And after Milton Keynes, to Cranfield University for our meeting. Cranfield shows it history in its architecture, which is quite unlike any other university I’ve seen (though bits of Loughborough are remniscent) Its a 20th-century RAF base slowly morphed into a 21st-century university.
The building we had our meeting in looked like a typical bit of 1960s or so public-service surburban architecture. Vaguely reminiscent of some of the newer and tackier bits of the Inland Revenue site at Durrington when I worked there in the 1980s, or of the now-demolished Bungalow Building at Lewisham Bridge School. Thin partition walls, slightly corroded casement windows, an oddly inaccessible internal courtyard or lightwell or atrium (that word sounds far too grand) with pieces of disused aircon equipment lying around on a floor made of pebbles.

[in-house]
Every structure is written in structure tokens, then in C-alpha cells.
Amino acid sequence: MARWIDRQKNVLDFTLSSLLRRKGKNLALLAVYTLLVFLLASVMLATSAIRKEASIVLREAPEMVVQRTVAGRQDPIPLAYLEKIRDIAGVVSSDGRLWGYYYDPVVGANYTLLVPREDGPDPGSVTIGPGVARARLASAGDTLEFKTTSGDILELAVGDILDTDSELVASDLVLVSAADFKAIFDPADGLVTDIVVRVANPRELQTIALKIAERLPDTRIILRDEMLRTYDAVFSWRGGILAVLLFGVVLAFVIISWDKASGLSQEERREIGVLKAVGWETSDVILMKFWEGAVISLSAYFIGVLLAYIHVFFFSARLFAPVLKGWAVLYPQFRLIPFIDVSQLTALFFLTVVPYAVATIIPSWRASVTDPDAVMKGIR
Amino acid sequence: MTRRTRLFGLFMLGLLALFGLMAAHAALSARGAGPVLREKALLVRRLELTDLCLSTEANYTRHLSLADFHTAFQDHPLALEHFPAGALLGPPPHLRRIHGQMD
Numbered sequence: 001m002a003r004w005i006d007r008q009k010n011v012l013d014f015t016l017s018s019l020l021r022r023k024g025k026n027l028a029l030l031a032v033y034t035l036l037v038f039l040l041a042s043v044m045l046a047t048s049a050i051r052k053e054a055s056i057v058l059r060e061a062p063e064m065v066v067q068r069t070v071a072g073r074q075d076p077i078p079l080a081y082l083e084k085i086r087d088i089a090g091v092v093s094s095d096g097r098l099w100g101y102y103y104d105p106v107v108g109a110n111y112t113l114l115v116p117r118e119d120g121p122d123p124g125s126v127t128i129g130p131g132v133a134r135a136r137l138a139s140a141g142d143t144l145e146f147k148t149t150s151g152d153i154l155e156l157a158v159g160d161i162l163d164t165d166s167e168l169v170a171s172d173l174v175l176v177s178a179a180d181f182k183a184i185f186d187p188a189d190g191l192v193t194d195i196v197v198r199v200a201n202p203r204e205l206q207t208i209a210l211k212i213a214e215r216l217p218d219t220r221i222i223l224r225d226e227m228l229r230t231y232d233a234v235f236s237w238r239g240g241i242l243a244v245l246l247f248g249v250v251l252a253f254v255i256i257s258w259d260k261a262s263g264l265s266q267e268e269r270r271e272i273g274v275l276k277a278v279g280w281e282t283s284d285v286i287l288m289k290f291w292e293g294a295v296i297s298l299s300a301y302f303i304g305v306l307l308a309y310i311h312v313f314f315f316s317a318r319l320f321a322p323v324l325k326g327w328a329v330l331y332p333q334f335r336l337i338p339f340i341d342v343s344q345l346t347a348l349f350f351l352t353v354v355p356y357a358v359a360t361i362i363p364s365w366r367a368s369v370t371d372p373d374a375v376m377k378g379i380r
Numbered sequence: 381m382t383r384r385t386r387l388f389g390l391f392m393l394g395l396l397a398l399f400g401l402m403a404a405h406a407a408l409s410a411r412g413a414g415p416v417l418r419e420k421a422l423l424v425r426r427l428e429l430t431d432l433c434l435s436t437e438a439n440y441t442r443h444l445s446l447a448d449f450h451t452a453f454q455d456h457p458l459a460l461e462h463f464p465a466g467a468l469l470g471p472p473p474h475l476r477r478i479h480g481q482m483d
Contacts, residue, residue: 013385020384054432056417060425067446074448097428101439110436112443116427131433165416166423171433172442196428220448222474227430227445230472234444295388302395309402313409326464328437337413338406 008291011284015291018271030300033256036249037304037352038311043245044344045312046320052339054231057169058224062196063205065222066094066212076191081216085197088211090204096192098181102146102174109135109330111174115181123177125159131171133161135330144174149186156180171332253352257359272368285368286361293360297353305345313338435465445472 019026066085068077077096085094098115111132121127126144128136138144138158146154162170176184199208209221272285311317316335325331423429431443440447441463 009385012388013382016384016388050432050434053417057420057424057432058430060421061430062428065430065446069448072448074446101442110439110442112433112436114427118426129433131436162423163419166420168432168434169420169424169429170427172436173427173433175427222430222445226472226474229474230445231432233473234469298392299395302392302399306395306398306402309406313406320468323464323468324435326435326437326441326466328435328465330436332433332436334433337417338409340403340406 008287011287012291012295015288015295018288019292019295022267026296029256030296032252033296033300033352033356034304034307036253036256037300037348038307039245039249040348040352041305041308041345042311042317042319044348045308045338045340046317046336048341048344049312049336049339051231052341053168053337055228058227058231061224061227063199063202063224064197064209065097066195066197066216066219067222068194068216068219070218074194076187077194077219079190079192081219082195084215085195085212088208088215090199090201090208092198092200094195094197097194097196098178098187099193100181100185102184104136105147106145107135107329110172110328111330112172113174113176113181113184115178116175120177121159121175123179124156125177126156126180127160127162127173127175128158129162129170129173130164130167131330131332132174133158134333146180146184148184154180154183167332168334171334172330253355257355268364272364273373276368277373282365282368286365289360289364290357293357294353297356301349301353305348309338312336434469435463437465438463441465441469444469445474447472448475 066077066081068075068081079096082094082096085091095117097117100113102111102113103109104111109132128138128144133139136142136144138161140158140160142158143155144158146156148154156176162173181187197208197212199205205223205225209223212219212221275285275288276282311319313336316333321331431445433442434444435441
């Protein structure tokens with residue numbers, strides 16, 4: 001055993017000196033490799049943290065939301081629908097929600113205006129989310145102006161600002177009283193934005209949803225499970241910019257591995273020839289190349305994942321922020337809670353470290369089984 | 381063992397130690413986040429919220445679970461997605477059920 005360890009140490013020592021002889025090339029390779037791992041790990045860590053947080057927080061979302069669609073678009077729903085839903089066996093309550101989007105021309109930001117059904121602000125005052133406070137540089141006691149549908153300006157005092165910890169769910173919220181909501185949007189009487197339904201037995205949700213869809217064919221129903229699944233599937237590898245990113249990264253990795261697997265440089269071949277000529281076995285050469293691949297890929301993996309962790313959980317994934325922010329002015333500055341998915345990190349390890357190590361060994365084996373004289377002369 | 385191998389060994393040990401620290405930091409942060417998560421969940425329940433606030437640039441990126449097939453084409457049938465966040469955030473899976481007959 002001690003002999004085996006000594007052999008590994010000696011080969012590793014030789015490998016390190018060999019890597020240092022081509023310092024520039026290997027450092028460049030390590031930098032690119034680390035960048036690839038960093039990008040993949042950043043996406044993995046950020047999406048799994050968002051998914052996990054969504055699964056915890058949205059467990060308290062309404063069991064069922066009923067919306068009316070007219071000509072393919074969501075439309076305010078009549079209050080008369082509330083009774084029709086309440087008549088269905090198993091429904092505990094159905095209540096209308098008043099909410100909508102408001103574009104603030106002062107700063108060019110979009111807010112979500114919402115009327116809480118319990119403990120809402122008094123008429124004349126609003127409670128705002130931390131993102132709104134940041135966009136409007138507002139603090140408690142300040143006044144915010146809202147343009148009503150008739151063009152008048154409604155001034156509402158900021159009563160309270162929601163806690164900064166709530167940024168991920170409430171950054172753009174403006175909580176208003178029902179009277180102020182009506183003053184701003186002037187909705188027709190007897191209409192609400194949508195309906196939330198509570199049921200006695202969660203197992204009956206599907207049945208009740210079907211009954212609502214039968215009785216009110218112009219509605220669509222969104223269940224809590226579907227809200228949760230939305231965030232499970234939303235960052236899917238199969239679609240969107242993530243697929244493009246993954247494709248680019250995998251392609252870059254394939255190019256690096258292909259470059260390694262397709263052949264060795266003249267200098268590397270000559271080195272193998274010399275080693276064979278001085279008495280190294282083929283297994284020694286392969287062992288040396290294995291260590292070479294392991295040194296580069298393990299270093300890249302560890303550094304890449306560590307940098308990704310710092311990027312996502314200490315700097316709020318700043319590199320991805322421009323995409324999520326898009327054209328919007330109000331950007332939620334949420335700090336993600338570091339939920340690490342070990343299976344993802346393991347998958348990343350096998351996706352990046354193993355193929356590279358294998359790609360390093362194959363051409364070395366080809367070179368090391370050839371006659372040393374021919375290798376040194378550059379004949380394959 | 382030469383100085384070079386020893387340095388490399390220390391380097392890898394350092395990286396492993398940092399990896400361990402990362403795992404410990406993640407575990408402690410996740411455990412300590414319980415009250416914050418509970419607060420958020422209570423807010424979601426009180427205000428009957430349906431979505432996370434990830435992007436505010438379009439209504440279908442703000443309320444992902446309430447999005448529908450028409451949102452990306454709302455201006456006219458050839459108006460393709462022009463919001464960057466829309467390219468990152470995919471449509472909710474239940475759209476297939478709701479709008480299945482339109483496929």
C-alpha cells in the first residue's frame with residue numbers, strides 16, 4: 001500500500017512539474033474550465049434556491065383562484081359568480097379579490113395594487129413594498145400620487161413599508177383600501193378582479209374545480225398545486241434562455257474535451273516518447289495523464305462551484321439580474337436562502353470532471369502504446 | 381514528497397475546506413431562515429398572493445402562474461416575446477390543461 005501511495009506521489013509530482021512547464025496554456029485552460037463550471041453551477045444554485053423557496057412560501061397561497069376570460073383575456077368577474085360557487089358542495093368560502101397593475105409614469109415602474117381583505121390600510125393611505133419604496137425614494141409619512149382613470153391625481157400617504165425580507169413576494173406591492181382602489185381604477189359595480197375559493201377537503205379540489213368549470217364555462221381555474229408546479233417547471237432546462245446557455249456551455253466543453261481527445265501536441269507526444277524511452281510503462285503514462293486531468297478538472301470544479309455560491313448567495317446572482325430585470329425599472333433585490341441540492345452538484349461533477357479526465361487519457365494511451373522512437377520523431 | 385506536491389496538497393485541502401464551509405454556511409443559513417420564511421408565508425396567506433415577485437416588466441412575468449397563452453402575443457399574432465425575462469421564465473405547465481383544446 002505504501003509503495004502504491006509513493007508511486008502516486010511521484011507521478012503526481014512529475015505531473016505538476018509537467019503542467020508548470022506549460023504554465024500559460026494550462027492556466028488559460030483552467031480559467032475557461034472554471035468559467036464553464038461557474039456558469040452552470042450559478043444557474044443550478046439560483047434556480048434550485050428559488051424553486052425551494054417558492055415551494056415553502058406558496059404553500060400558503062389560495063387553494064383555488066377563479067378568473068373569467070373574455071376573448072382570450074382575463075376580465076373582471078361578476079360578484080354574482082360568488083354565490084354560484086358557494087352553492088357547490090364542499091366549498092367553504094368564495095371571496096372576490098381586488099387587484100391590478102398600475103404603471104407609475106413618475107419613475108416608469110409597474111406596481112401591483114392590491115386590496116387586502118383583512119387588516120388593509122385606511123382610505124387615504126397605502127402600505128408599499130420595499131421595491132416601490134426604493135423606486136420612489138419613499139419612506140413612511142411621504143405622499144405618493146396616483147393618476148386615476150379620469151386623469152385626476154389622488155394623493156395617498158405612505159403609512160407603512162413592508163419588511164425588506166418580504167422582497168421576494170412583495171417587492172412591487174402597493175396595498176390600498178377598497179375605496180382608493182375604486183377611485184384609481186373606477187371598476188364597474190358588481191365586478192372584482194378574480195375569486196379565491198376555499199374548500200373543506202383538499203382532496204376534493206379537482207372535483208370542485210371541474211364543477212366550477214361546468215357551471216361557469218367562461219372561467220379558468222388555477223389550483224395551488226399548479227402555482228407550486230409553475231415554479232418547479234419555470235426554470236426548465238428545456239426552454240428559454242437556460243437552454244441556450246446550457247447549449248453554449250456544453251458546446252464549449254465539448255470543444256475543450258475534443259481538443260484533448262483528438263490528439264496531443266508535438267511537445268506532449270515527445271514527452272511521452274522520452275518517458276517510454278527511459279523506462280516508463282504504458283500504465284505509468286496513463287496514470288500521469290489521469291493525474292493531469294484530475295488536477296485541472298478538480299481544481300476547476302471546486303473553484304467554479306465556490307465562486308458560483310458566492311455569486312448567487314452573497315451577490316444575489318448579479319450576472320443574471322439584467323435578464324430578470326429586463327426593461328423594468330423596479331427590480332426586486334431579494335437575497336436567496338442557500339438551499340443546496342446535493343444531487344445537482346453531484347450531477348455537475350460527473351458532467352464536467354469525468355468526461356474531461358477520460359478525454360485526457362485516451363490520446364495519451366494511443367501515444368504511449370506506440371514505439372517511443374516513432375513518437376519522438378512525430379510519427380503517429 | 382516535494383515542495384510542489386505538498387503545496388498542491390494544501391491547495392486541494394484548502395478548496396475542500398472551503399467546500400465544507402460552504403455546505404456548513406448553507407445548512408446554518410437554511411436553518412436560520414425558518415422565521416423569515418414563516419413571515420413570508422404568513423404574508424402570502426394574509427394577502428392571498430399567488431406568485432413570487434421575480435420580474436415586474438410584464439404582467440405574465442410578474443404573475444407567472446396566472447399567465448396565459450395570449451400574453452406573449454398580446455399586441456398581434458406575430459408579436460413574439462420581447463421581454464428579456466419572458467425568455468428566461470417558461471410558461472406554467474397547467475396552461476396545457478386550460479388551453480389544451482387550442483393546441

Slightly older buildings looked something like my own old primary school on a larger scale. 1950s red-brick-repectable council-estate suburban, fitting in well with older areas laid put round a fake village green with a sturdy little bus-shelter that looked like the better sort of Army married quarters. Maybe that’s exactly what they used to be.
But on top of that there is 1980s corporate business-park building that could be in one of those vast and unfocussed shedlands near Heathrow, and shiny 21st century stuff.